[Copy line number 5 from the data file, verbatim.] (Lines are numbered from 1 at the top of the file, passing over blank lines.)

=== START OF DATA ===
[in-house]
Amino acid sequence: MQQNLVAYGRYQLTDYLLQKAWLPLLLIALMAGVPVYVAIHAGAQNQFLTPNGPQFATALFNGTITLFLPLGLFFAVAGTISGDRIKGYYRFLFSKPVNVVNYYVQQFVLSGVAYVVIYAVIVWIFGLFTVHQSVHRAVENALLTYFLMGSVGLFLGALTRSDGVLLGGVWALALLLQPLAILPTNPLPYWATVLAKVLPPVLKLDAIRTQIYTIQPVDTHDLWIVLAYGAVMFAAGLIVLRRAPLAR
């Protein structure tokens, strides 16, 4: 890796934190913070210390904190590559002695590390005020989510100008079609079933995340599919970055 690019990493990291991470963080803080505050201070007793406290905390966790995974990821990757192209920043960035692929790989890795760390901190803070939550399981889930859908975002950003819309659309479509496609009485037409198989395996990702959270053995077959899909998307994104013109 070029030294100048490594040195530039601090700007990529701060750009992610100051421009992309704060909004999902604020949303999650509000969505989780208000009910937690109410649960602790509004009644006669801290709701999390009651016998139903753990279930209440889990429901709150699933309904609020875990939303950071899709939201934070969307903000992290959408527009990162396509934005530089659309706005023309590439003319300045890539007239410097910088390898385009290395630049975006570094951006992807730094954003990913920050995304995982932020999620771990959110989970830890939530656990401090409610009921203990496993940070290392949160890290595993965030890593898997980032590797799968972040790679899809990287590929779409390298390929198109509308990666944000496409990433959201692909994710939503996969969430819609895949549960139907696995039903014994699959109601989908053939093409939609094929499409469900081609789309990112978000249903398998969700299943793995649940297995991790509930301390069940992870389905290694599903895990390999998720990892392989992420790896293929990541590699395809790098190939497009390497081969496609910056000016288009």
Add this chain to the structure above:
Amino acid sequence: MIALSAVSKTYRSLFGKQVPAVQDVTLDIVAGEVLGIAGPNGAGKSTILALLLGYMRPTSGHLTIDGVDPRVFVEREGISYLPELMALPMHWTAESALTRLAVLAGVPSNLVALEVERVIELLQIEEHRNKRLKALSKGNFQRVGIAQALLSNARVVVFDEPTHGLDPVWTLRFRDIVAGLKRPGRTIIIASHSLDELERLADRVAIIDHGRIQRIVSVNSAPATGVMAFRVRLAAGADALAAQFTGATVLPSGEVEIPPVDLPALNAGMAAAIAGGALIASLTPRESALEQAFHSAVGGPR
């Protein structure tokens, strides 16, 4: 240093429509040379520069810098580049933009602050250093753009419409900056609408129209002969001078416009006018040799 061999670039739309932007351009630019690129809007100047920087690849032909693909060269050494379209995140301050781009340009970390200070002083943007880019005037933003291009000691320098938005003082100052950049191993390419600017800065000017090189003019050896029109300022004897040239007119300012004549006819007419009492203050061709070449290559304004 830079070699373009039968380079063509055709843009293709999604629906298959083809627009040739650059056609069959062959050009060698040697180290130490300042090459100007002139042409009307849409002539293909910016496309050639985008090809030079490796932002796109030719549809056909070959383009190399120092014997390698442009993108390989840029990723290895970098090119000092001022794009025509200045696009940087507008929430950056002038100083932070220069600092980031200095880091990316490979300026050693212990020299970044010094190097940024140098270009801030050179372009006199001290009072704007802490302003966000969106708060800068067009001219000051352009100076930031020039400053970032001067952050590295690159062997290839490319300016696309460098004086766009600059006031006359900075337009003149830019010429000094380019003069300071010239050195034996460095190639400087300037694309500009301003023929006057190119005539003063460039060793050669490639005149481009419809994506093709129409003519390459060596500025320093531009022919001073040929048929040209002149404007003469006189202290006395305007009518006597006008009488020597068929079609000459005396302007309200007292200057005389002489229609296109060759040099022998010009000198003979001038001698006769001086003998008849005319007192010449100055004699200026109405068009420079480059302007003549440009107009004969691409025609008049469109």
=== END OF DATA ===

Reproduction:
Amino acid sequence: MIALSAVSKTYRSLFGKQVPAVQDVTLDIVAGEVLGIAGPNGAGKSTILALLLGYMRPTSGHLTIDGVDPRVFVEREGISYLPELMALPMHWTAESALTRLAVLAGVPSNLVALEVERVIELLQIEEHRNKRLKALSKGNFQRVGIAQALLSNARVVVFDEPTHGLDPVWTLRFRDIVAGLKRPGRTIIIASHSLDELERLADRVAIIDHGRIQRIVSVNSAPATGVMAFRVRLAAGADALAAQFTGATVLPSGEVEIPPVDLPALNAGMAAAIAGGALIASLTPRESALEQAFHSAVGGPR